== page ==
Take the 2-minute tour ×
Mathematics Stack Exchange is a question and answer site for people studying math at any level and professionals in related fields. It's 100% free, no registration required.

I've tried following this way, but I haven't succeeded.

Thank you!

share|improve this question
Please add the condition: $x$ is real, since this equation is false in general for complex numbers $x$. –  GEdgar Dec 9 '12 at 14:14
add comment

6 Answers

up vote 2 down vote accepted

Calculate the derivative of both sides:

$$(\arctan x)'=\frac{1}{1+x^2}$$


$$=\frac{1}{(1+x^2)\sqrt{1+x^2}}\cdot\frac{\sqrt{1+x^2}}{\sqrt 1}=\frac{1}{1+x^2}$$

Since both derivatives are equal the functions are the same up to the sum of a constant:

$$\arctan x=\arcsin\frac{x}{\sqrt{1-x^2}}+C\,\,\,,\,\,C=\,\text{a constant}$$

Finnaly, to find what $\,C\,$ is you can, for example, input $\,x=0\,$ in the above...

share|improve this answer
This is fine, but I think drawing the picture that gives you the answer without calculus is something that should be known by anyone who asks a question like this. See my answer below. –  Michael Hardy Dec 9 '12 at 17:42
I know, @MichaelHardy. In fact, your answer is exactly the same as amr's, which I upvoted at once and which I'd have accepted as the best one. Perhaps the OP is now in calculus I precisely seeing derivatives and stuff and my answer appealed to him better... –  DonAntonio Dec 9 '12 at 18:18
add comment

Consider the right angled triangle with sides $1,x,\sqrt{1+x^2}$

Let $\phi$ be the angle opposite to the side of length $x$.

We find that: $$\phi=\arcsin(x/\sqrt{1+x^2})$$ $$\phi=\arctan(x/1)$$

Thus: $$\arcsin(x/\sqrt{1+x^2})=\arctan(x)$$

share|improve this answer
+1 Simple, short, elegant...I liked it. –  DonAntonio Dec 9 '12 at 15:18
add comment

put $$x=\tan(\theta)$$ Now rewrite the formula in $\theta$ instead of $x$. All you need, really, are these: $$\tan(x)=\sin(x)/\cos(x)$$ $$\sin^2(x)+\cos^2(x)=1$$ should I be more explicit?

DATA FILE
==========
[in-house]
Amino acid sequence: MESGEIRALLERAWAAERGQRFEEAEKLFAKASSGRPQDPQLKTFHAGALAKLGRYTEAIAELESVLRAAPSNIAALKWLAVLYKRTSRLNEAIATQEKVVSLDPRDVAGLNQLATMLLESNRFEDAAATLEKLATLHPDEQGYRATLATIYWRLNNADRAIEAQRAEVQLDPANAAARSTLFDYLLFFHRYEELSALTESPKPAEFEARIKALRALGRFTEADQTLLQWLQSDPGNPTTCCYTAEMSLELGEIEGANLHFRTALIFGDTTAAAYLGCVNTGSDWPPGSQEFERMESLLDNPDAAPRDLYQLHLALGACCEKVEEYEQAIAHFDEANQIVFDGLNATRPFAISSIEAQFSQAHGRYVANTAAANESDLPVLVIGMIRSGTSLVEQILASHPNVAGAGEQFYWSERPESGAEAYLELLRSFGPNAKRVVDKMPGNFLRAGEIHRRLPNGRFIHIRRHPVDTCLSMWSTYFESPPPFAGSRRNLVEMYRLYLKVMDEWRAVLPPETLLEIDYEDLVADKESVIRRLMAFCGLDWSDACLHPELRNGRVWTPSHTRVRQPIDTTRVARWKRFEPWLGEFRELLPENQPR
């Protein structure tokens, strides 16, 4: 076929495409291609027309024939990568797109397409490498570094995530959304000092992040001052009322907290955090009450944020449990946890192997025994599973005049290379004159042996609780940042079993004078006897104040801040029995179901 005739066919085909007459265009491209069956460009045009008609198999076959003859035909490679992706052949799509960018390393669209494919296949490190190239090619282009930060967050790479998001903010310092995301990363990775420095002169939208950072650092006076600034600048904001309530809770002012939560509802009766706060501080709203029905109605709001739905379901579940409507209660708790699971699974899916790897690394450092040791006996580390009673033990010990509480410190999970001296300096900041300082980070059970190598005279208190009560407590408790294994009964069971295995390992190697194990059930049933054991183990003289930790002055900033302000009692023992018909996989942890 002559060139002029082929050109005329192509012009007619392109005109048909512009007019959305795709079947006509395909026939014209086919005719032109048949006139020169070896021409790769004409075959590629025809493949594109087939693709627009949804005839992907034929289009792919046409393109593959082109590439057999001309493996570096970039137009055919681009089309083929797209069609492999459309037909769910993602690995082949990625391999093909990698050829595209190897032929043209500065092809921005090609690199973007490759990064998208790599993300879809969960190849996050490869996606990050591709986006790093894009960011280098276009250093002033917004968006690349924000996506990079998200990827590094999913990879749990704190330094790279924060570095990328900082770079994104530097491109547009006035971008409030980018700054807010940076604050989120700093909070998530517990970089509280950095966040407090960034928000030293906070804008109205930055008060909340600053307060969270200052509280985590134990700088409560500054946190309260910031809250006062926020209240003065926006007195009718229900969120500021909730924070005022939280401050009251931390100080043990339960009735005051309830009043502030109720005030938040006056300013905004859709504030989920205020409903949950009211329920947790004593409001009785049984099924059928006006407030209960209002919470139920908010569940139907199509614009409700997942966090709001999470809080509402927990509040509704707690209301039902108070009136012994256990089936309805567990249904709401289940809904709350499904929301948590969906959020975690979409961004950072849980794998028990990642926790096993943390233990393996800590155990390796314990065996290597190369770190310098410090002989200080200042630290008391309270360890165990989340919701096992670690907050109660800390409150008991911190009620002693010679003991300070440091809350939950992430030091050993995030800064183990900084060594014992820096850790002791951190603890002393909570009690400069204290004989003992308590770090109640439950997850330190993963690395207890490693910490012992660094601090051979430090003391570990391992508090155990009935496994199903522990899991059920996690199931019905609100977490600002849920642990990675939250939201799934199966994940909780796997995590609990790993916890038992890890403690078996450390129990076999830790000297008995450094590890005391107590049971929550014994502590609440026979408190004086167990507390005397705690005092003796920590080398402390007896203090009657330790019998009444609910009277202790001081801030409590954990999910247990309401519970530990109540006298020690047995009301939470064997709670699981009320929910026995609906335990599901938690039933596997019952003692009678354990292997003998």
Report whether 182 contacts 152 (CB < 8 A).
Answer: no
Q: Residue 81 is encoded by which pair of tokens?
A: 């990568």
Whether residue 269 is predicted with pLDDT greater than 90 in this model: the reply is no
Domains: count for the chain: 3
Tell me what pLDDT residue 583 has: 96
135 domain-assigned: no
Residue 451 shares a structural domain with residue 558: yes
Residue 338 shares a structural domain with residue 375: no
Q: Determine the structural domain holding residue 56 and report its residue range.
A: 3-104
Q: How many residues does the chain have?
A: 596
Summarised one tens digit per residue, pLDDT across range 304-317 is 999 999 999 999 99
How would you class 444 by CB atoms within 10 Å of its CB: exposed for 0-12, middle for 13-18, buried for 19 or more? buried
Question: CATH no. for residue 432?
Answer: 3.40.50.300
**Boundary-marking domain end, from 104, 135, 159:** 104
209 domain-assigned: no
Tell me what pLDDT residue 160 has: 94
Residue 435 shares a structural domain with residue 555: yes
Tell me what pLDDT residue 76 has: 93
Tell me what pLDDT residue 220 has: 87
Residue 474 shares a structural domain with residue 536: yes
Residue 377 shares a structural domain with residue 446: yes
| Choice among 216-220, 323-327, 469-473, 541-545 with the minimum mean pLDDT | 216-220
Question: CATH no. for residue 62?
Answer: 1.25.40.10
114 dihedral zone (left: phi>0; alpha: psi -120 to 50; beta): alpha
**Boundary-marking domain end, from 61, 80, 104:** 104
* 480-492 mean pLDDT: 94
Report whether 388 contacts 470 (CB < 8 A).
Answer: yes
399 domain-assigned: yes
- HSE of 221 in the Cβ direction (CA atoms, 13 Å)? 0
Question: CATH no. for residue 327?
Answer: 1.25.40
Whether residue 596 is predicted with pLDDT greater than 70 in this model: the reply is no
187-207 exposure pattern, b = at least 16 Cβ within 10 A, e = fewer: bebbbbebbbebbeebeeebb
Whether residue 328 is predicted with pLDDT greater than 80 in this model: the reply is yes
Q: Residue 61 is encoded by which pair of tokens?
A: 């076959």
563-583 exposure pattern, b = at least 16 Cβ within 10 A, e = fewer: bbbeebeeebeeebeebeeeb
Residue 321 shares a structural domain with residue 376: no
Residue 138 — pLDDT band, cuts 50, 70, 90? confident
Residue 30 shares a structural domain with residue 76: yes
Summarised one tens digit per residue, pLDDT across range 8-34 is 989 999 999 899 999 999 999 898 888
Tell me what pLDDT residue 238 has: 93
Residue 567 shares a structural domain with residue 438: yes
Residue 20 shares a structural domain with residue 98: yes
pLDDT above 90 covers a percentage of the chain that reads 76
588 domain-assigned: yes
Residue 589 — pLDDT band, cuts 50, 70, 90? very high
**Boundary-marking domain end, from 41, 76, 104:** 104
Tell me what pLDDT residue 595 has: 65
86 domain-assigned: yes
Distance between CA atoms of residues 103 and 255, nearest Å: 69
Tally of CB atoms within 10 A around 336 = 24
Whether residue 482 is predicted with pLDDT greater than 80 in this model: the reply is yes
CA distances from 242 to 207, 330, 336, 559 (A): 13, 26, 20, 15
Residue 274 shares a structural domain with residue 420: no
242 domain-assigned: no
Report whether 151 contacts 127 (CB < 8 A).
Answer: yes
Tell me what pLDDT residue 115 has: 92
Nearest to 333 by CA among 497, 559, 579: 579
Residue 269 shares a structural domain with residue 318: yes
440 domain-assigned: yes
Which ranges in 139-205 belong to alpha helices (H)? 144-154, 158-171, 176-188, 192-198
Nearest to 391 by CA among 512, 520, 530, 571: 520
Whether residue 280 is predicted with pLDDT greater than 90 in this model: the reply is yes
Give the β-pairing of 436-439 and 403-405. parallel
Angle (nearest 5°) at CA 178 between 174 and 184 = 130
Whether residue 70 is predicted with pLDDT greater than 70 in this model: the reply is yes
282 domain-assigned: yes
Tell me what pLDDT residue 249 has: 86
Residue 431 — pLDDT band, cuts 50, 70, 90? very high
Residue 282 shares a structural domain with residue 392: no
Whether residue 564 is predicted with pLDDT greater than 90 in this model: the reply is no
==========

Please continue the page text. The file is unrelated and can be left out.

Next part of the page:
share|improve this answer
Yes, please.... –  matal Dec 9 '12 at 14:02
nameless just did... –  mousomer Dec 9 '12 at 14:17
add comment

Let $\arctan x=y\Leftrightarrow x=\tan y$. Then, $$\sin^2 y+\cos^2 y=1\Leftrightarrow \tan^2 y+1=\frac{1}{\cos^2 y}\Leftrightarrow \frac{1}{x^2+1}=1-\sin^2 y\Leftrightarrow \sin^2 y=\frac{x^2}{x^2+1}$$ and so $$\sin y= \frac{x}{\sqrt{1+x^2}}\Rightarrow \arctan x=y=\arcsin \frac{x}{\sqrt{1+x^2}}$$

share|improve this answer
add comment

Let $\displaystyle\arctan x= y$

$\implies(i) \tan y =x$

and $(ii)\displaystyle-\frac\pi2\le y\le\frac\pi2$ (using the definition of principal value)

$\implies \cos y\ge0$

We have $$\frac{\sin y}x=\frac {\cos y }1=\pm\sqrt{\frac{\sin^2y+\cos^2y}{x^2+1^2}}=\pm\frac1{\sqrt{x^2+1}}$$

$\displaystyle\implies \cos y=+\frac1{\sqrt{x^2+1}}$ and $\displaystyle\sin y=\frac x{\sqrt{x^2+1}}$

So, $\displaystyle\arctan x= y=\arcsin\frac x{\sqrt{x^2+1}}=\arccos\frac1{\sqrt{x^2+1}}$

share|improve this answer
add comment

As soon as you see $\arctan x$, draw a right triangle in which the "opposite" side has length $x$ and the "adjacent" side has length $1$. Then the angle to which those are "opposite" and "adjacent" is $\arctan x$.

The Pythagorean theorem then tells you the length of the hypotenuse.

That gives you the sine of the angle, since $\sin=\dfrac{\mathrm{opp}}{\mathrm{hyp}}$.

That tells you what the angle in question is the arcsine of.

share|improve this answer
add comment

Your Answer


By posting your answer, you agree to the privacy policy and terms of service.

Not the answer you're looking for? Browse other questions tagged or ask your own question.